Today is Nugget's birthday. Today he turns 2. Today I went for my 20-mile run because yesterday (Saturday, the day I usually do my long runs) DJ Research ran his first ultramarathon (more on that later, perhaps? Still trying to convince him to do a guest post).
Because it was Nugget's birthday, I wanted to be back to my birthday boy as soon as possible, meaning I wanted this 20-miler to happen fast. Or as fast as my aging body could manage. I was out of the house before 6:00am, running with a headlamp because it was still dark out (turns out I didn't really need it, but this paranoid runner likes to be overprepared). I did about 6 miles before swinging by my house again and ditching the headlamp and reflective vest since the sun was now up. I ran another 6 miles before stopping in Starbucks to use their restroom (yay! no port-a-potty stops on this run!). I then headed out for my last 8 miles.
It was at this point that my legs and feet were really starting to hurt. My left calf felt like it was on the verge of a nasty cramp, my right hip was starting to protest this run, and my feet felt like I was running on hot coals. I can't tell you how many times I told myself, Slow down. Turn around. Go home and be with your son.
But I kept going. I kept going because I've come this far, and I've trained so hard, and I'm almost there (race is less than 2 months!), and I just need to keep putting one foot in front of the other just a little bit longer.
That was where my head was at as I ran 13 miles, 14 miles, 15 miles, 16 miles...but then I needed something more. The pain wasn't getting worse, but it was persisting, and it wasn't letting me find my zone. I needed to find a different headspace. So I told myself, "Run in your mind. There is no pain in your mind. Run in your mind." I tried to mentally separate my body from the pain, and just thought of myself as a machine. It was tough and a very challenging mental exercise that kept my mind busy. Sometimes I was focused enough that it worked, but other times I lost focus and felt my pace and form slipping.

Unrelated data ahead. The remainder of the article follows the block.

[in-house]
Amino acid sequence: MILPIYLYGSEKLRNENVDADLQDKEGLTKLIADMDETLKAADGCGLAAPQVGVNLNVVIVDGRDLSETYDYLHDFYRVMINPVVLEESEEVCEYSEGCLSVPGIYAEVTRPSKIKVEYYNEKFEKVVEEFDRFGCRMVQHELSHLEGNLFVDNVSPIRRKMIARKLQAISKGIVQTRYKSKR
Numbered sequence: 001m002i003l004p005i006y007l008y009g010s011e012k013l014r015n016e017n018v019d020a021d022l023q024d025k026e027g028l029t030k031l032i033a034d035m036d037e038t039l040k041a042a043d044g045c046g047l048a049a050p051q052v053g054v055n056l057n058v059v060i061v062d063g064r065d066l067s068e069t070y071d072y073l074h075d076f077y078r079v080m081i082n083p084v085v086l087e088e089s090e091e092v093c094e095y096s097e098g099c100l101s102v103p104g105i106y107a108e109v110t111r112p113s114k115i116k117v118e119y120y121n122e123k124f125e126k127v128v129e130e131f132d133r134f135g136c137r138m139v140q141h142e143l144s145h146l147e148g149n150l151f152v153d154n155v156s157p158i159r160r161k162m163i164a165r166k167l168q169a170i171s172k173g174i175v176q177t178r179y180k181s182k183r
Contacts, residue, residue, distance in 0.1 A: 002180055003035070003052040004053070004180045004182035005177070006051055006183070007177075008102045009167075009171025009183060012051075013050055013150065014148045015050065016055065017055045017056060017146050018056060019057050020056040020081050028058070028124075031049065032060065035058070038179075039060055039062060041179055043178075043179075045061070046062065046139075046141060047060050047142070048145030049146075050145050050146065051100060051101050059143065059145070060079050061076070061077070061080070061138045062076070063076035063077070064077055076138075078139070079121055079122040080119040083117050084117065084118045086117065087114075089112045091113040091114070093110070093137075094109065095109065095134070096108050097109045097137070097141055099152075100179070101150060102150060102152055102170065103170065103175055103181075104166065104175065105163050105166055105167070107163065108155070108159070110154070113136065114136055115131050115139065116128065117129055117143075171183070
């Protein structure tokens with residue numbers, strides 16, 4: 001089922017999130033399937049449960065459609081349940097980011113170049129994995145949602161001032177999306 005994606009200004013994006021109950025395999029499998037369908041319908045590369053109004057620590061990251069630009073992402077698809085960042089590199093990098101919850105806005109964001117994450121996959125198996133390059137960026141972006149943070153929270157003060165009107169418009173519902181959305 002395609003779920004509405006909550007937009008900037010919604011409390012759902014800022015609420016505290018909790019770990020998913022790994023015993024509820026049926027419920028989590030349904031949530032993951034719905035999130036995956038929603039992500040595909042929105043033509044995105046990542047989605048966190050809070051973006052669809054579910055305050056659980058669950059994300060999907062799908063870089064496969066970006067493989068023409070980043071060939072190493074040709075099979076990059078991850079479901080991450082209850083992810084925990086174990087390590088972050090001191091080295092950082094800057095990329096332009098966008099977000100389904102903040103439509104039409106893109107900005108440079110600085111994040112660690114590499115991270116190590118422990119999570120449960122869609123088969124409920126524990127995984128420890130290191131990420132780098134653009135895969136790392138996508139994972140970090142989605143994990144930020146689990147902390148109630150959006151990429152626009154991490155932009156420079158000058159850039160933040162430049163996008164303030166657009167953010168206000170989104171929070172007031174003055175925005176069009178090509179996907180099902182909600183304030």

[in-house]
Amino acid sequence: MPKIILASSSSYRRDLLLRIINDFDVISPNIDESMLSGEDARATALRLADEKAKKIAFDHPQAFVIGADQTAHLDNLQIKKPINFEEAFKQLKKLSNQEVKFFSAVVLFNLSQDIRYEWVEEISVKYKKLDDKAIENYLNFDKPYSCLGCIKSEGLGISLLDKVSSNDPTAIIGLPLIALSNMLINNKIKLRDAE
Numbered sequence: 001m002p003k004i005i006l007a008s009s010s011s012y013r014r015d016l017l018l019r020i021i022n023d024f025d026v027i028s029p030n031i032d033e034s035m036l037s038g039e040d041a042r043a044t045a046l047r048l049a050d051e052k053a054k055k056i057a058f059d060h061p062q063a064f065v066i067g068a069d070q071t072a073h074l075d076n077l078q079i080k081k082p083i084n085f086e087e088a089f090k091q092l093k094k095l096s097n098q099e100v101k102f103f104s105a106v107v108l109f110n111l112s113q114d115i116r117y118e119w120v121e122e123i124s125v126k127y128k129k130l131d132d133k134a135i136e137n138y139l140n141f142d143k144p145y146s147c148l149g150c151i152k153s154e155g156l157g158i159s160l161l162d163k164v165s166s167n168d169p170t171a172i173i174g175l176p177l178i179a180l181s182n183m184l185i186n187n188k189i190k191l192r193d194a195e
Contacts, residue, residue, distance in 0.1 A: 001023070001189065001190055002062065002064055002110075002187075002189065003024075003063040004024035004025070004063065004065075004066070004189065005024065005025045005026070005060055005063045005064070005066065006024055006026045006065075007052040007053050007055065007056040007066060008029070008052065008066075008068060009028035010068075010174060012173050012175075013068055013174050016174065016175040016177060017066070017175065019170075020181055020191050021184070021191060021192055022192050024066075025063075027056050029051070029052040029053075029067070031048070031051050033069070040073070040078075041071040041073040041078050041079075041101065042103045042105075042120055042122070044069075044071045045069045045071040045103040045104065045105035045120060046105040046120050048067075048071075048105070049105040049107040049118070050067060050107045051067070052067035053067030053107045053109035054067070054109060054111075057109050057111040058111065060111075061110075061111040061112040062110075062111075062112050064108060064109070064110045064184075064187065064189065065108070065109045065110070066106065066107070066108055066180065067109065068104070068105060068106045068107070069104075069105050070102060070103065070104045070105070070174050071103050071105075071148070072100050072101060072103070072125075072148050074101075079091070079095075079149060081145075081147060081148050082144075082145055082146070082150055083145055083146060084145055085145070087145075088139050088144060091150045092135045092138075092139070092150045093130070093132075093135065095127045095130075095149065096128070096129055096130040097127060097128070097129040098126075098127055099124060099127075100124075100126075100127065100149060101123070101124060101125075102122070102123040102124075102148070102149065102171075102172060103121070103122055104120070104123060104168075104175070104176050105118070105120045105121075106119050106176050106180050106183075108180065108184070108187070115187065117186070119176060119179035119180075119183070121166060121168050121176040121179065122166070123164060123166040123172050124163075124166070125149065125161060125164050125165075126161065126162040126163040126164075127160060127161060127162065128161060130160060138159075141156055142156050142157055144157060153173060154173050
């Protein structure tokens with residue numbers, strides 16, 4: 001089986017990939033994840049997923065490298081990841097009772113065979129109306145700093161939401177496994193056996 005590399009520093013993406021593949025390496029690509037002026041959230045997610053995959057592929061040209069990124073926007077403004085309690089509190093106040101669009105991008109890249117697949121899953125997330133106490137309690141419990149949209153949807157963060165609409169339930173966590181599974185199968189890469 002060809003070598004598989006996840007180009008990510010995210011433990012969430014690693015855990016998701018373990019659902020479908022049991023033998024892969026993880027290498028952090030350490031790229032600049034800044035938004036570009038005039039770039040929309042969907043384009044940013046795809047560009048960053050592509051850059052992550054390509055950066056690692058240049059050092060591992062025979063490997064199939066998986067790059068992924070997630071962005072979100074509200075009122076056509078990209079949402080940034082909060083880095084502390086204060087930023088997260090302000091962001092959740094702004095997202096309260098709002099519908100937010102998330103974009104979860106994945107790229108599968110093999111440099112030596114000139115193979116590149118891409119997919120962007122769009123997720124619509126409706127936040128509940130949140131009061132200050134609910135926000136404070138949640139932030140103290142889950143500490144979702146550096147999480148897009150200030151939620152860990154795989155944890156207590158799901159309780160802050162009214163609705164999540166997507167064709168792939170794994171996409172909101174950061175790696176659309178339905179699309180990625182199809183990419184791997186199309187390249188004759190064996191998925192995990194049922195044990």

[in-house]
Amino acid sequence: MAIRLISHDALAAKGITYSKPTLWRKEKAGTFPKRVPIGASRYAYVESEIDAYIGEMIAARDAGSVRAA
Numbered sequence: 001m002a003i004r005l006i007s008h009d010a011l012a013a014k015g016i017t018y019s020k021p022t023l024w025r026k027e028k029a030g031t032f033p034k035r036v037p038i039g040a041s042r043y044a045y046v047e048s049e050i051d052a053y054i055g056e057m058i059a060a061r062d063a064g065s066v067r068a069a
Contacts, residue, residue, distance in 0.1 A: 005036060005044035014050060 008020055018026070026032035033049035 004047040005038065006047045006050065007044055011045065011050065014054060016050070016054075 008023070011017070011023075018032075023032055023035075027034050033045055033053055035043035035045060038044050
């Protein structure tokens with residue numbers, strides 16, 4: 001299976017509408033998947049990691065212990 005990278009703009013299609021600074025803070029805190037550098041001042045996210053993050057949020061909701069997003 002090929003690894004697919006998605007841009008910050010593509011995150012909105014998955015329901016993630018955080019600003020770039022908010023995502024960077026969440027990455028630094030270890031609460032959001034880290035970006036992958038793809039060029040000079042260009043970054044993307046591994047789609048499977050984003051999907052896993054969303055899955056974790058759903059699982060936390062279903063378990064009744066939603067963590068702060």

In the end, though, I did manage to run 20 miles at a 9:10m/m pace, which is one second-per-mile off my target race pace (I'm aiming for a 4-hour marathon). Hopefully I can make it count on race day.
I do want to clarify that at no point during this run did I feel like I was injured or welcoming an injury. The pain I felt was more the standard aches and pains of running a long distance. I knew it was a pain I could push through. Had I felt I was flirting with injury, I would have stopped and just walked home. Been there before and don't really want to go there again.
Whats your headspace on your long runs? What keeps you motivated to keep going?